Ukraine’s new TV channel aims to counter Russian propaganda in the Donbas

A still from a UATV broadcast of an interview with the former head of the State Border Control Service, Petro Tsygykal, aired on Dec. 4, 2018.Photo by UATV

When the staff of Ukraine’s state-funded international broadcaster UATV returned to work after the holidays on Jan. 3, they received bad news.

The government had decided to close the channel’s English, Arabic and Crimean Tatar departments and turn its Russian-language service into a new television channel aimed at parts of eastern Ukraine occupied by Russian-backed militants and in the firm grip of Kremlin-funded media.

With a mix of Ukrainian entertainment shows and news, the yet-to-be-named broadcaster will be vying for hearts and minds on the other side of the front line.

It’s no easy task: Russia has been waging war against Ukraine in Donbas for nearly six years. More than 13,000 people have lost their lives in the conflict, and those who remain in the war zone are often isolated from the Ukrainian information space.

There is no doubt that President Volodymyr Zelensky, a former comedy actor and television producer, and Culture Minister Volodymyr Borodyansky, the former CEO at StarLightMedia group, know well how to create entertainment products.

But many experts question whether the government will be able to build a compelling television channel and compete with Russia’s most seasoned propagandists.

The obscure idea

Critics of the plan, like Natalia Ligacheva, chief editor of Detector Media watchdog, suspect that Zelensky is pursuing his own business interests. His companies previously thrived making shows and films for the Russian market, but had to exit it after the war started.

Even those who agree Ukraine needs to communicate with people living in the occupied territories are skeptical.

There are three television towers built in Donetsk and Luhansk oblasts to broadcast across the front line. But their signals are regularly jammed and are generally weaker than that of the militant-controlled signal tower in Donetsk city.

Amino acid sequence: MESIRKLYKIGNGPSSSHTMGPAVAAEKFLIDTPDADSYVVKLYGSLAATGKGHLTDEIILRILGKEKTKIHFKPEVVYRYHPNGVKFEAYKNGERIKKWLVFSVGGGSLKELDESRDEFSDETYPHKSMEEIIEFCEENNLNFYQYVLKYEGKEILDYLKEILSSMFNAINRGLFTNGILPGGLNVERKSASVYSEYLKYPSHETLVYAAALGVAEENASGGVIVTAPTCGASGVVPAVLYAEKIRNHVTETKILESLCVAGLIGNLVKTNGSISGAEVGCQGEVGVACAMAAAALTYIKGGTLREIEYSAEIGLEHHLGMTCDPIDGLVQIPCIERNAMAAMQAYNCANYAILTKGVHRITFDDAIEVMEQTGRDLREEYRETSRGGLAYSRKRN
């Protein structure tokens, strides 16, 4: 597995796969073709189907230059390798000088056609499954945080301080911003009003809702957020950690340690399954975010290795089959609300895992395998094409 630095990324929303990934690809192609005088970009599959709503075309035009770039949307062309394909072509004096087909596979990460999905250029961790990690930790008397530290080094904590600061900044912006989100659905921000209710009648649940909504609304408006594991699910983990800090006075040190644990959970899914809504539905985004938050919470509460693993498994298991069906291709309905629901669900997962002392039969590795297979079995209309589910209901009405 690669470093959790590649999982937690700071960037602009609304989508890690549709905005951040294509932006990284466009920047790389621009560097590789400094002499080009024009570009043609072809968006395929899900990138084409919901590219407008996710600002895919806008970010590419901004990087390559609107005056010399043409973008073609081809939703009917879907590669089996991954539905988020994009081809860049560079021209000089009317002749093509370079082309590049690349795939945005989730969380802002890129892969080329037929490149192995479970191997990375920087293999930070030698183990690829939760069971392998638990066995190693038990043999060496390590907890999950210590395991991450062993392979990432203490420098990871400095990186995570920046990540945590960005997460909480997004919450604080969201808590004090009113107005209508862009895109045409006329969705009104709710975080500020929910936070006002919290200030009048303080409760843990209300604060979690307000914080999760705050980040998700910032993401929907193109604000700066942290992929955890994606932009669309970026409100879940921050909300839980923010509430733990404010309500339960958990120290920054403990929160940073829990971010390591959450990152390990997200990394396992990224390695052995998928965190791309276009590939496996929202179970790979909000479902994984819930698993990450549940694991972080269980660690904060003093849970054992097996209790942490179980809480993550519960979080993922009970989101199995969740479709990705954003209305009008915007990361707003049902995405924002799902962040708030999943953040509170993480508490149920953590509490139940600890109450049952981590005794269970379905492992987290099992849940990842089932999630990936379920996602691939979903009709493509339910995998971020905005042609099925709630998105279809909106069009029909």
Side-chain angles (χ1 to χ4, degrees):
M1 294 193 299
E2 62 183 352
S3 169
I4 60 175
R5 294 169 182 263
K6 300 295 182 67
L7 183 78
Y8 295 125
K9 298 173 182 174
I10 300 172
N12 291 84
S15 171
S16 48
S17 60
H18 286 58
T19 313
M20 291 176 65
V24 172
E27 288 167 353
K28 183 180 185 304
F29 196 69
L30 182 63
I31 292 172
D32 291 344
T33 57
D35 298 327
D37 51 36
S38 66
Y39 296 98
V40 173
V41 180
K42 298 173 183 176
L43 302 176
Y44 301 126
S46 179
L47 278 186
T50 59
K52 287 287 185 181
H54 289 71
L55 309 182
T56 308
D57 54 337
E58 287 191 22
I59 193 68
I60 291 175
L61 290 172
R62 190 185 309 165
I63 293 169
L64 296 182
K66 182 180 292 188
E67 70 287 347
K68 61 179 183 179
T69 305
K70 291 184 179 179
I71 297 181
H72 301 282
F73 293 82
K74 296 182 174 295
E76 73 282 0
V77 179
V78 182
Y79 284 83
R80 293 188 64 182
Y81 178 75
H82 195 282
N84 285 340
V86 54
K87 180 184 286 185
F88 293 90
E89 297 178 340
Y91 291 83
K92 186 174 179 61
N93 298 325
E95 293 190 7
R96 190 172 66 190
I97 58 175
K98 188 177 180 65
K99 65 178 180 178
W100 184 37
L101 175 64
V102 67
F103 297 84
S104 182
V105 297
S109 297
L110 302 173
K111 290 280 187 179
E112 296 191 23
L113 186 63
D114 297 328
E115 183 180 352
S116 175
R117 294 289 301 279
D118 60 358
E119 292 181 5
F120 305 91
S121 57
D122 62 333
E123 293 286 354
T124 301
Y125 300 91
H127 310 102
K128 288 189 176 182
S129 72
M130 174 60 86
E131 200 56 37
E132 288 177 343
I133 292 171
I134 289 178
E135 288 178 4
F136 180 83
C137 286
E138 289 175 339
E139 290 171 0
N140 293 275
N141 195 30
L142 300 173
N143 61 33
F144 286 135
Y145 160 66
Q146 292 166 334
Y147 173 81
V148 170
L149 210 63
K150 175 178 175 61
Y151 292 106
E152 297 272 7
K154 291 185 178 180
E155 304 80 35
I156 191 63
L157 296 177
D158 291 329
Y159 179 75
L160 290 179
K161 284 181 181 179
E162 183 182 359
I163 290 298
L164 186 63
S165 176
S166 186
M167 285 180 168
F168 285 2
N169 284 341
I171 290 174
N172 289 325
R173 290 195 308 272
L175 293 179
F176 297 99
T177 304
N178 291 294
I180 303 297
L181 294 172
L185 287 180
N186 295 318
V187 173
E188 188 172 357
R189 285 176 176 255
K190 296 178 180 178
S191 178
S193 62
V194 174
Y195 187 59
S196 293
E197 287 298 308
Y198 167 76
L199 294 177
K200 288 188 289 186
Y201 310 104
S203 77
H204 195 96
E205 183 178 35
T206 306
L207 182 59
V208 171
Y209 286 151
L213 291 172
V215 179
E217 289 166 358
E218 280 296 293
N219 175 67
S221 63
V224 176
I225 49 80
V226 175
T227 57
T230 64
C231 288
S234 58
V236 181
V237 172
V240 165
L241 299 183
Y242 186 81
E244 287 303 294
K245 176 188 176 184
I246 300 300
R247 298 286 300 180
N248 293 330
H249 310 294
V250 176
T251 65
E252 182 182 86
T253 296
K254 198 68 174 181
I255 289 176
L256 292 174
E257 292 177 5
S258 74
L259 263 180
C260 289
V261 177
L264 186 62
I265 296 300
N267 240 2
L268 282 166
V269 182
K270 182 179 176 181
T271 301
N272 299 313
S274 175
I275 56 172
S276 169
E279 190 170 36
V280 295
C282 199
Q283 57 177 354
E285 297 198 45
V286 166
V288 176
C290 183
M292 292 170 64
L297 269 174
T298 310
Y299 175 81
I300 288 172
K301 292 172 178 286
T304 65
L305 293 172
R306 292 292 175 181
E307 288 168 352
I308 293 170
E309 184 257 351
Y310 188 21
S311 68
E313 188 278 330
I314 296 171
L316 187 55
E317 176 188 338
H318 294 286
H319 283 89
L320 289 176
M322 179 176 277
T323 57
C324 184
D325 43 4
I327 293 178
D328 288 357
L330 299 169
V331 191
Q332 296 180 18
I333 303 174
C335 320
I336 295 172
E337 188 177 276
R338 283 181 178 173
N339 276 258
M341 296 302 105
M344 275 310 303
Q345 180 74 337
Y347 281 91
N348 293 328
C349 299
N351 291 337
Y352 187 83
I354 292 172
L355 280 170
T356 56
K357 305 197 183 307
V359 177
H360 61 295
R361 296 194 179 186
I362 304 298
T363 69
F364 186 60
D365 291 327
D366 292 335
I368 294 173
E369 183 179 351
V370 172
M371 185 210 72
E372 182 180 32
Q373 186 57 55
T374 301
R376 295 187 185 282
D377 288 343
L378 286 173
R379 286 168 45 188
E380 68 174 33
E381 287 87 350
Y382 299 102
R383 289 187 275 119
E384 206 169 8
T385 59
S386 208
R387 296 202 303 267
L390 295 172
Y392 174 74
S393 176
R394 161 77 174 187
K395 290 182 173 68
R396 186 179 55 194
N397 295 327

Borodyansky claimed that the government will be able to cover 80 percent of the occupied Donbas.

Ukrainian television has not been completely cut off on the separatist-held territories. Today, 23 TV channels owned by media groups 1+1, StarLightMedia, Inter, and Ukraina are available to viewers through satellites and free of charge.

But this will change soon.

Starting at the end of January, these satellite signals will be encrypted as an anti-piracy measure. Viewers will have to buy receivers and pay subscription fees. Russian television, meanwhile, is free.

But besides technical details, the important question is what message the new channel will communicate to the audience.

Talk of creating a Russian-language Ukrainian channel has been ongoing since Zelensky took office. But even now, concrete information on the project is scant.

What is known is that the new channel is slated to go live on Feb. 15. In the beginning, it will only broadcast entertainment shows, football, TV series and movies provided by the leading Ukrainian media groups for free. A month later, it will start news broadcasts.

The government has yet to announce an open competition to hire the channel’s director. At the moment, it is run by Yulia Ostrovska, the interim manager, who was an executive producer with Studio Kvartal 95, Zelensky’s production company.

Oleksiy Kiryuschenko, director of Servant of the People television series starring Zelensky, has also been seen in the studio several times. But his role at the future channel is unknown.

Neither Ostrovska, nor Kiryuschenko replied to the Kyiv Post’s requests for comment by the time of this publication.

Before the official launch, news service chief editor Olena Trybushna quit on Jan. 22, citing disagreements with other managers over their visions for the new channel, but said she wouldn’t disclose details.

Information war

UATV bid farewell to its viewers on Jan. 12. Now it only broadcasts reruns. Bureaus in Washington, Istanbul and Warsaw shut down. Correspondents in Toronto, New York and Beijing, who had already obtained their journalists’ visas, were told to cancel their plans.

The international broadcaster was launched in 2015, at the height of the war in the Donbas, as Ukraine’s attempt to counter Russian propaganda and promote the Ukrainian perspective in the world. Russia already had well-funded media operations abroad, and Russian media had long been the sources of information about events in Ukraine.